Did they invent the chromebook? The natural evolution of the netbook? No.

So exactly how did they innovate? making up excuses for why their CEO is not as bad as she looks. ( Get your heads out of your, well I guess — behinds. I’m referring to the appearance of her business acumen or rather lack thereof. )

    Patent filings is one commonly used measure of a tech company’s “innovation”

      MouseTheLuckyDog in reply to Paul. | September 18, 2015 at 1:02 am

      I know how the sausage is made. In particular I know many people who have been granted patents ( or were in the past ). I know that most of those people consider their patents worthless. The few that don’t are self important twits. ( I would use a different but similar word, but let’s keep it clean. ) I know that it is very easy for a company to increase it’s patent portfolio. Just offer a bounty to their engineers for patents.

      I know that Microsoft went around to Android makers with a list of 127 patents they held that they claimed Android violated and demanded royalties. I know that eventual they were forced to reveal those patents to the Chinese government, that China then published the list and engineers made short shrift of it. MS’s 127 best patents patents against Android.

      I know that until recently the patent office has been granting patents that were created by the thousands, using a simple formula. Take an existing patent. Doesn’t matter if it’s expired. Find someway to add the words “do it on a computer” or “do it on the internet” and submit it. You don’t even have to hold the original patent.

      I know that Apple has been granted a patent on a feature they call “slide to unlock”. Strange when I was a kid we called that a latch.

      In other words, I know what most techs know that most business people and lawyers probably know but pretend it’s not. An increase in patents at a company is not an increase in innovation it’s a foray into seeing if making toilet paper is profitable.

      So instead of pulling some number out of your backside, tell us some innovations that HP actually created. If as Carly claims, HP became more innovative under her reign, then you should be able to tell us three or four innovations that Apple created under her watch.

        MouseTheLuckyDog in reply to MouseTheLuckyDog. | September 18, 2015 at 1:29 am

        Sorry was thinking of a real innovtor. It should read “HP created” not “Apple created”.

        Pulling numbers “out of my backside?” Those numbers came from the US Patent and Trademark Office! LOL. All you do is spout anecdotes and spew logical fallacies, and then when faced with evidence that any tech industry person would acknowledge as a common measure you… spout more anecdotes and logical fallacies. No wonder you get you ass handed to you so often on this site, and others I’m sure.

        Bruce Hayden in reply to MouseTheLuckyDog. | September 18, 2015 at 11:13 am

        Sorry, but merely computerizing something that was known by hand has been obvious for at least 20 years (and thus not patentable under 35 USC 103(a)). Sure, a patent might have issued, but that would have only been if the examiner had not realized what was going on, and it is likely that most such patents would have been found invalid during litigation.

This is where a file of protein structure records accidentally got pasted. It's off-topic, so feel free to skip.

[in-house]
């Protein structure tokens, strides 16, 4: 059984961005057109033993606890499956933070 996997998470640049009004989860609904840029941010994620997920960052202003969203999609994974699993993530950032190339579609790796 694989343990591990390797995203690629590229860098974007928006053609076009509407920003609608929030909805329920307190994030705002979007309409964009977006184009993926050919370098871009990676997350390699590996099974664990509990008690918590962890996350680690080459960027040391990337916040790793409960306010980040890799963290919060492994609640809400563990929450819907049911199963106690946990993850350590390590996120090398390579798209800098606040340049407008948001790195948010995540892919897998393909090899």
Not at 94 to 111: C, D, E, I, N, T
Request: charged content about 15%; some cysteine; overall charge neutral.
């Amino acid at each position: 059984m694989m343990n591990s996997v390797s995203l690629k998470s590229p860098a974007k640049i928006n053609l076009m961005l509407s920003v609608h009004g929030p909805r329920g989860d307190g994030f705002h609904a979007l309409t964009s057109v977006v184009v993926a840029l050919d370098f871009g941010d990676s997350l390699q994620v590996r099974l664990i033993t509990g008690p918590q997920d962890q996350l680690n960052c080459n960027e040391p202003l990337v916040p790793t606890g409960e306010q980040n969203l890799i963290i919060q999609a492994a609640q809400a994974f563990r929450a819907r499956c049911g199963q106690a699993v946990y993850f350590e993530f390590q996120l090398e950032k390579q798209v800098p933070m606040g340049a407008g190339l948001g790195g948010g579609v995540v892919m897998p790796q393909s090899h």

Yes, though, most patents do not advance the state of the art very much, and most are probably not infringed.

          Believe me, I know our patent system has huge issues. Patent trolls are a problem all over the place, and the very existence of software patents is a joke… copyright law was doing just fine in that industry before they started issuing patents and now things are majorly screwed up, especially for little companies like mine.

          But I stand by my response to Mouse which was simply that numbers of patents is a generally accepted measure of “innovation” for a tech company. “HP didn’t invent the iPhone so therefore they suck man!” is not. At least not by any serious business person or technologist.

          MouseTheLuckyDog in reply to Bruce Hayden. | September 19, 2015 at 12:08 pm

          The question is about whether patent count is a good metric. With the general incompetence of patent examiners, that is simply not true, and 103(a) generally is not used until a trial. Patents coiunt includes many patents never tested by trial.

          In ideal world what you say about 103 (a) would be true. But in a world which includes (included ) East Texas, Randall Rader and the CAFC that simply isn’t. If it were true, then Alice would never have been heard. Furthermore, it is only now after Alice that the patent office has given instructions to examiners on treating “on a computer patents” skeptically. For the most part “on the internet” has barely been tested.

          Third Gene Quinn argues that despite Alice, new valid patent claims can be filed:
          Applications that have yet to be filed can still be created to satisfy even this exceptionally naive ruling, but software will need to be described as it is a machine on a granular level, describing gates, switches and relays.

MouseTheLuckyDog | September 18, 2015 at 2:11 am

How is Carly going to deal with Gernaby after what she did to the Deutsche Bank?

And the super-patriot Carly wasn’t so patriotic at HP when they sidestepped Bill Clinton’s executive orders on sanctions on Iran for their support of international terrorism and pursuit of weapons of mass destruction, and through a Middle East distributor sold hundreds of millions of dollars of HP printers and other computer equipment to Iran.

Carly, fool us once, shame on you..
Fool us multiple times, and proudly continue doing it.